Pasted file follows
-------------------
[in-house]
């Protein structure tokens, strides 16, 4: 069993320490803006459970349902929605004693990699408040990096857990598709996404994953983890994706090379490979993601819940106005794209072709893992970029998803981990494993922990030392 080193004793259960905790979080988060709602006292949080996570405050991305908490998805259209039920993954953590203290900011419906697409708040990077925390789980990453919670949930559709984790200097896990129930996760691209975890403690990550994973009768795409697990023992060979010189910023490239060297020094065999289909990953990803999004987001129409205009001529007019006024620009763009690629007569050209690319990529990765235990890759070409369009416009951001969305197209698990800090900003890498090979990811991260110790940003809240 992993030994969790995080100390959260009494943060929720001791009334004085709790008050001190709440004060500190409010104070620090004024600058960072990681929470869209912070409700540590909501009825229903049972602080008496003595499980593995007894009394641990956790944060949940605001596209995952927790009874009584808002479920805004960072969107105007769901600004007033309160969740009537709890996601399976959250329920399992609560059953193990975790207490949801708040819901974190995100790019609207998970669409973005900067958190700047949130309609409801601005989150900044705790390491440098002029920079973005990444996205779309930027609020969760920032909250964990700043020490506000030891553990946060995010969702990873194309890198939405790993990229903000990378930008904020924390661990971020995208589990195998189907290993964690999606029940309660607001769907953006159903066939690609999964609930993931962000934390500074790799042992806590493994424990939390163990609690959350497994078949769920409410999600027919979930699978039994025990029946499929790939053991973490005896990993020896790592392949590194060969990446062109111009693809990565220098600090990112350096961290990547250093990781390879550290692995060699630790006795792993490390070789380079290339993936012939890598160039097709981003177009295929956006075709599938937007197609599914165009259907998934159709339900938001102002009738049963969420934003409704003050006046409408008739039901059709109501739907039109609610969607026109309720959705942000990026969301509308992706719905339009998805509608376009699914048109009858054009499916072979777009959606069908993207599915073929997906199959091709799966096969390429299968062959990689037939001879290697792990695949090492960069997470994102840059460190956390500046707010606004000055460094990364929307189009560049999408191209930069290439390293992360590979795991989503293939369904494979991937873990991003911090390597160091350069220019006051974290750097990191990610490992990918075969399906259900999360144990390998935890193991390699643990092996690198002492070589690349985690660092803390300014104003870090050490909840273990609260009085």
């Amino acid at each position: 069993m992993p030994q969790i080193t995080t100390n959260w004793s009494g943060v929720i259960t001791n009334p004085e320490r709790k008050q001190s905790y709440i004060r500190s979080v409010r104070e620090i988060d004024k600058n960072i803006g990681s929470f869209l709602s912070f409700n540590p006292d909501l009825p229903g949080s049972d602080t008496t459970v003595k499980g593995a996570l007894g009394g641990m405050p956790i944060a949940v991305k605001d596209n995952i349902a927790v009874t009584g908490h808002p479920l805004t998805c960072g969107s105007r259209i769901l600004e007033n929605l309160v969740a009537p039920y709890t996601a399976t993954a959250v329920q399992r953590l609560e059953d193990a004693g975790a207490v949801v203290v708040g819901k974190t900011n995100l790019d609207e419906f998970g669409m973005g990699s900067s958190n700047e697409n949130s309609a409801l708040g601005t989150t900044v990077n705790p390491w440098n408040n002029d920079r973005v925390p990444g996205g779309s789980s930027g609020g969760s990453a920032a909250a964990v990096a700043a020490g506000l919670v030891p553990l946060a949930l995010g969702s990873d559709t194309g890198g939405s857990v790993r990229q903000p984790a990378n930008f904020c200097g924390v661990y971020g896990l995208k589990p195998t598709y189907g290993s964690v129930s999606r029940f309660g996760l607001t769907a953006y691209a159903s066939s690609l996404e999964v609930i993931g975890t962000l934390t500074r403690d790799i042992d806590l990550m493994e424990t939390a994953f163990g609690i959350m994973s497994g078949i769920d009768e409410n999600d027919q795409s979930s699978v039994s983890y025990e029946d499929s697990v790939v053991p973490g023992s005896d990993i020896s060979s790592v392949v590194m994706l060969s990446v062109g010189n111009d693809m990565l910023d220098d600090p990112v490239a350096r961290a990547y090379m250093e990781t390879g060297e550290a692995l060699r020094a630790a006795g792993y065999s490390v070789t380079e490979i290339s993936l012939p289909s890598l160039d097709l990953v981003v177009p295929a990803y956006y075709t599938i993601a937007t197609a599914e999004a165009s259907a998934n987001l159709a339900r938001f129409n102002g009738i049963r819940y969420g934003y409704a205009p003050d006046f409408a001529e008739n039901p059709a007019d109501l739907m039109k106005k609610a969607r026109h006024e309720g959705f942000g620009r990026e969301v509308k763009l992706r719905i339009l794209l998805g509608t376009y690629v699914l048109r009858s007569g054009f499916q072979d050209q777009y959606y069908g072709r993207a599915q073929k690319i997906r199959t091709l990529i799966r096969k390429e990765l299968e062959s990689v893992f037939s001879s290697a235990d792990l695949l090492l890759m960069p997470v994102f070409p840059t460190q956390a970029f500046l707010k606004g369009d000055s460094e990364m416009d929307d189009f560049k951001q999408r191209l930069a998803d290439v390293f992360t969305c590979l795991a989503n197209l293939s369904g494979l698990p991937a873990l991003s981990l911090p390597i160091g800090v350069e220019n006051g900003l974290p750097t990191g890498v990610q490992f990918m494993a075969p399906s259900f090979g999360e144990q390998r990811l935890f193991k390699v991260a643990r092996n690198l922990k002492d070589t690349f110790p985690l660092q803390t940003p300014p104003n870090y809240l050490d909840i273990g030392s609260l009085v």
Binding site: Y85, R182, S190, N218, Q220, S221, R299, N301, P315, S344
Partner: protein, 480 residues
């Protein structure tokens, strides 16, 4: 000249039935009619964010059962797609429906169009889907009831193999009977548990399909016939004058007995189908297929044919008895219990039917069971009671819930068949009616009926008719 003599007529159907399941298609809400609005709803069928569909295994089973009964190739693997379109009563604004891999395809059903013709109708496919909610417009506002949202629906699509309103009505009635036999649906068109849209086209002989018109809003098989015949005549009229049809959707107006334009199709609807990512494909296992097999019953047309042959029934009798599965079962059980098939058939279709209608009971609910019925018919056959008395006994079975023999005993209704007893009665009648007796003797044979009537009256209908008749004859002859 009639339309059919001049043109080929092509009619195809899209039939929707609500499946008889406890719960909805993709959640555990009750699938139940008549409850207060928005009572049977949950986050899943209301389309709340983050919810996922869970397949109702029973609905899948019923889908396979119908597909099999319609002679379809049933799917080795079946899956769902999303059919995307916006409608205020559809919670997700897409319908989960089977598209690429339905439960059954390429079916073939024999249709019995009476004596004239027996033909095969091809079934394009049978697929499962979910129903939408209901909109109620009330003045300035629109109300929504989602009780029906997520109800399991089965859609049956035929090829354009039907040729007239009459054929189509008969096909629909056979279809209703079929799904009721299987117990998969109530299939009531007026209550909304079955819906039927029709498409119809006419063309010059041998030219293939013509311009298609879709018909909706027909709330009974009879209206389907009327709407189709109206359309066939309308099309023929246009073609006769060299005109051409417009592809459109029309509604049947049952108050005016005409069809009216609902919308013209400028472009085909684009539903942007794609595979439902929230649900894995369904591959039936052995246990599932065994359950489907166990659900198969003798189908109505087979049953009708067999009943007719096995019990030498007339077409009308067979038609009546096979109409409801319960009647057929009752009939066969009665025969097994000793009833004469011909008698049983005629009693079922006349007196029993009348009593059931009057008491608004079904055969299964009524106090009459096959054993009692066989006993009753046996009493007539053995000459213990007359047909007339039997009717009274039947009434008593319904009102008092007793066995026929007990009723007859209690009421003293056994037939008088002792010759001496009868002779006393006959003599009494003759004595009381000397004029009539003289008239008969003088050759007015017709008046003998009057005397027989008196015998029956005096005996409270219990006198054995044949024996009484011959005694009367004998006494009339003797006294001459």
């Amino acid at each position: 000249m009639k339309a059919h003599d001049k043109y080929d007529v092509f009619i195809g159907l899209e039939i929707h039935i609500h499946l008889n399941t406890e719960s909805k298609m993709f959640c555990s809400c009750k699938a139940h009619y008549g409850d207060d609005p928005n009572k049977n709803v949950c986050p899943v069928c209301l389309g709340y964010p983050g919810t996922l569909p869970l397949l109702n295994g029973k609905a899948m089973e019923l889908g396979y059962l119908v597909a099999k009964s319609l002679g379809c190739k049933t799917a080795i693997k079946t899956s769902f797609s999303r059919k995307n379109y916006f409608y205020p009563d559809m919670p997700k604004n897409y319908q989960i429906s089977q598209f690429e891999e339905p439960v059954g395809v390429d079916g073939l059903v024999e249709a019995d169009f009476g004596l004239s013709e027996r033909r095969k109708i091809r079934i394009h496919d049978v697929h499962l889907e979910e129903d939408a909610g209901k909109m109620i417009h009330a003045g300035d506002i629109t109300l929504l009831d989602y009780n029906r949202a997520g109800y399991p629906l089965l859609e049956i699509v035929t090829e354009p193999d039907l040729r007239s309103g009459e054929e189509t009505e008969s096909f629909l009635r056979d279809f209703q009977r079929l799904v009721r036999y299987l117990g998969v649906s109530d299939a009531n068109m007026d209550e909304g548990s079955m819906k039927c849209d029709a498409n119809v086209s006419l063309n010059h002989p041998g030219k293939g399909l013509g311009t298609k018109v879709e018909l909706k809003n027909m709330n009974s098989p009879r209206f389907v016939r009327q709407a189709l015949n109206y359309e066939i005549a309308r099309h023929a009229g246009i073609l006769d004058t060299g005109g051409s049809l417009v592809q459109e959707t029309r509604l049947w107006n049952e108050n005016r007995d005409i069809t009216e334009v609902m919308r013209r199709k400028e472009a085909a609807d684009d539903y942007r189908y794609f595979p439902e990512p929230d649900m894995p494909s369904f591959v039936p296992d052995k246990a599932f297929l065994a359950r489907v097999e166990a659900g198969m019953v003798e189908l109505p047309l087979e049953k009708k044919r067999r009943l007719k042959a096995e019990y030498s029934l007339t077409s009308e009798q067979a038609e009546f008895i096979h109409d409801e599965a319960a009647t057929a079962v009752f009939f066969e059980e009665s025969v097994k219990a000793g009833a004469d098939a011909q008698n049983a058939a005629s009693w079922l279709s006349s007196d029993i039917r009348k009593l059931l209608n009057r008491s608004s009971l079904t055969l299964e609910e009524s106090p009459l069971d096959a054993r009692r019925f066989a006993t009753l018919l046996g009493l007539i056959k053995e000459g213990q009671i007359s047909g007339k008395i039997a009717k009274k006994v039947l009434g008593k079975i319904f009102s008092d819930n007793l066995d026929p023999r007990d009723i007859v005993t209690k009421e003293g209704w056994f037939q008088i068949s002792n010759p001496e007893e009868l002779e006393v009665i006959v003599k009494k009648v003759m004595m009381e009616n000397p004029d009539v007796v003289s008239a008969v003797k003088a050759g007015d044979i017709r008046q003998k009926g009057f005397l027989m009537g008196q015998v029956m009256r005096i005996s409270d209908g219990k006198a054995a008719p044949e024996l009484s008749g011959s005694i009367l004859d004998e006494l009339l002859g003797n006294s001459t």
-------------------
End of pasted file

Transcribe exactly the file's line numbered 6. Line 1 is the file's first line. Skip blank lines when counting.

């Protein structure tokens, strides 16, 4: 000249039935009619964010059962797609429906169009889907009831193999009977548990399909016939004058007995189908297929044919008895219990039917069971009671819930068949009616009926008719 003599007529159907399941298609809400609005709803069928569909295994089973009964190739693997379109009563604004891999395809059903013709109708496919909610417009506002949202629906699509309103009505009635036999649906068109849209086209002989018109809003098989015949005549009229049809959707107006334009199709609807990512494909296992097999019953047309042959029934009798599965079962059980098939058939279709209608009971609910019925018919056959008395006994079975023999005993209704007893009665009648007796003797044979009537009256209908008749004859002859 009639339309059919001049043109080929092509009619195809899209039939929707609500499946008889406890719960909805993709959640555990009750699938139940008549409850207060928005009572049977949950986050899943209301389309709340983050919810996922869970397949109702029973609905899948019923889908396979119908597909099999319609002679379809049933799917080795079946899956769902999303059919995307916006409608205020559809919670997700897409319908989960089977598209690429339905439960059954390429079916073939024999249709019995009476004596004239027996033909095969091809079934394009049978697929499962979910129903939408209901909109109620009330003045300035629109109300929504989602009780029906997520109800399991089965859609049956035929090829354009039907040729007239009459054929189509008969096909629909056979279809209703079929799904009721299987117990998969109530299939009531007026209550909304079955819906039927029709498409119809006419063309010059041998030219293939013509311009298609879709018909909706027909709330009974009879209206389907009327709407189709109206359309066939309308099309023929246009073609006769060299005109051409417009592809459109029309509604049947049952108050005016005409069809009216609902919308013209400028472009085909684009539903942007794609595979439902929230649900894995369904591959039936052995246990599932065994359950489907166990659900198969003798189908109505087979049953009708067999009943007719096995019990030498007339077409009308067979038609009546096979109409409801319960009647057929009752009939066969009665025969097994000793009833004469011909008698049983005629009693079922006349007196029993009348009593059931009057008491608004079904055969299964009524106090009459096959054993009692066989006993009753046996009493007539053995000459213990007359047909007339039997009717009274039947009434008593319904009102008092007793066995026929007990009723007859209690009421003293056994037939008088002792010759001496009868002779006393006959003599009494003759004595009381000397004029009539003289008239008969003088050759007015017709008046003998009057005397027989008196015998029956005096005996409270219990006198054995044949024996009484011959005694009367004998006494009339003797006294001459």